The Department of Veteran Affairs may be on the brink of authorizing veterans to medicate with marijuana, to treat conditions such as post-traumatic stress disorder (PTSD). The U.S Senate Appropriations Committee recently brought in an amendment for military veterans, which would permit the Department of Veteran Affairs to grant medical cannabis recommendations.
When the vote went to the House last year, it won by a sizeable 233 to 189 margin. However, the provisions for this medical cannabis exception were later removed from the bill by a conference committee.
Marijuana Majority founder and chairman Tom Angell is in positive mood about the new developments. He called the increasing desire for cannabis reform in Congress “encouraging,” particularly so given the strong opposition the movement has received from Attorney General Jeff Sessions. This bill for veterans is likely to be the first of many cannabis votes that take place in Washington in the near future, and the fact that this is a rare bipartisan issue is good news for cannabis activists.
Angell explains that House representatives and senators are coming under increasing pressure from constituents to enact change in Congress, who have voiced their firm support for cannabis reform repeatedly at the ballot box.
The war on cannabis products has failed and could be in its final throes. Federal decriminalization is now a realistic prospect within the next few years, something which would have been unthinkable just a few years ago.
Republican Senator for Montana, Steve Daines, and Democrat Senator for Oregon, Jeff Merkley have co-sponsored the veterans’ amendment, and Senator Merkley has spoken of how it’s important to stand up for soldiers, given how they have stood up for us.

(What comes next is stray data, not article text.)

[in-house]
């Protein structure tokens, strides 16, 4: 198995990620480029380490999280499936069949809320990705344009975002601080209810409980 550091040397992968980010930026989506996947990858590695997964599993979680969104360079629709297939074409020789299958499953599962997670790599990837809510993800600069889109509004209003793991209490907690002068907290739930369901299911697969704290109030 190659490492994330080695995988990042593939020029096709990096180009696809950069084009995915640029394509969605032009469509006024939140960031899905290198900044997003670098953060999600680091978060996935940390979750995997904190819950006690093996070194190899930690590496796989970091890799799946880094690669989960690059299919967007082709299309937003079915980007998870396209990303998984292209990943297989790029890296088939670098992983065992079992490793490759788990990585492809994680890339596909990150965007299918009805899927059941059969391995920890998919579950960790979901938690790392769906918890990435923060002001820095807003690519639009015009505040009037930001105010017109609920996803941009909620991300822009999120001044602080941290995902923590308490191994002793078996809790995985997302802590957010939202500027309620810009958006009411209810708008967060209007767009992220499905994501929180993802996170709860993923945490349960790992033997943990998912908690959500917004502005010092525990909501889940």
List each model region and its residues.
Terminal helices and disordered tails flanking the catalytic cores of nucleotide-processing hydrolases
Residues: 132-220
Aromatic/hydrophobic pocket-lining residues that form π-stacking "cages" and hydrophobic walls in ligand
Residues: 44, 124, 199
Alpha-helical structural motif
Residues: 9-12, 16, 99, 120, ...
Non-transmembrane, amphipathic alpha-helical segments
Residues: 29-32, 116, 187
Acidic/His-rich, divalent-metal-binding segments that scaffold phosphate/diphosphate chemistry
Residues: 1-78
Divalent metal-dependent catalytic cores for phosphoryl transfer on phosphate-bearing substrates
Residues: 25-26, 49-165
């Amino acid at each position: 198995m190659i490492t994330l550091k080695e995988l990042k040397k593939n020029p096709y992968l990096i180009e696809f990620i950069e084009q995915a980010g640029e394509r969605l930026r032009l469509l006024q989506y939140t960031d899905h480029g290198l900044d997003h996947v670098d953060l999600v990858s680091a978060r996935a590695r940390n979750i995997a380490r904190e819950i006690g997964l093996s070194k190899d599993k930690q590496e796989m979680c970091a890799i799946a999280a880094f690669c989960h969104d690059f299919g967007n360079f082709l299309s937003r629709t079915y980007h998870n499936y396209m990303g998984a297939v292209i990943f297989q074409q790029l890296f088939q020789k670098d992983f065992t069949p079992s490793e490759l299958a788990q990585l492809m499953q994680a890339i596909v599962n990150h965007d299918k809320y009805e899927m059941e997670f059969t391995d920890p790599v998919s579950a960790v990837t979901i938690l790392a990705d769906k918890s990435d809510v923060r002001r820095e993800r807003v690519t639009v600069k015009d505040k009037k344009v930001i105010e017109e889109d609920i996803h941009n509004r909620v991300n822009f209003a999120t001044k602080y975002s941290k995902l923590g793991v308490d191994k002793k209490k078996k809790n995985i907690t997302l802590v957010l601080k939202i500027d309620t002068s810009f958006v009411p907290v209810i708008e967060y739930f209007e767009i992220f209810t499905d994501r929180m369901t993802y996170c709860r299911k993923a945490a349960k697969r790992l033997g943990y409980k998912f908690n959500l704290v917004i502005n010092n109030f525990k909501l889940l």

With this amendment, military veterans will be able to take part in medical marijuana programs run in their state, with no fear of having their military benefits cut or cancelled. The amendment also permits the Department of Veterans Affairs to recommend veterans for medical cannabis treatment which fits within the laws of their state.
The Senate passed this amendment in 2016 with a 20-10 vote, and it successfully made it through the House too. It was only due to a special committee meeting that scuppered things.
The change of mind from three Republican senators on this matter is a microcosm of what is having with medical cannabis views in Washington generally. Susan Collins (R-ME), John Hoeven (R-ND) and Jerry Moran (R-KS) have all switched their votes from ‘no’ to ‘yes’ in the past year. A remarkable 46 states have now brought in some degree of medical marijuana legislation.
Americans for Safe Access executive director, Steph Sherer, has called on Congress to pass a permanent law that protects the more than two million Americans using medical cannabis. Sherer mentioned the CARERS Act as effective legislation to pass. Many of the conditions that veterans suffer from are more conducive to medical marijuana treatment than other medication. These include chronic pain, traumatic brain injury and PTSD.
Veterans for Medical Cannabis spokesperson Michael Krawitz has said that veterans should have the right to participate in any state programs for medical marijuana that they want, without fear of reprisal.
It’s not acceptable to leave veterans to suffer with adequate or totally ineffective medication for their conditions. If veterans want to try cannabis, they should be left in peace to do so. For instance, it is believed that THC can help veterans to reduce – or even eliminate – the nightmares and flashbacks they get from experiences of war. Cannabis may also reduce sensitivity to sudden noises and similar shocks.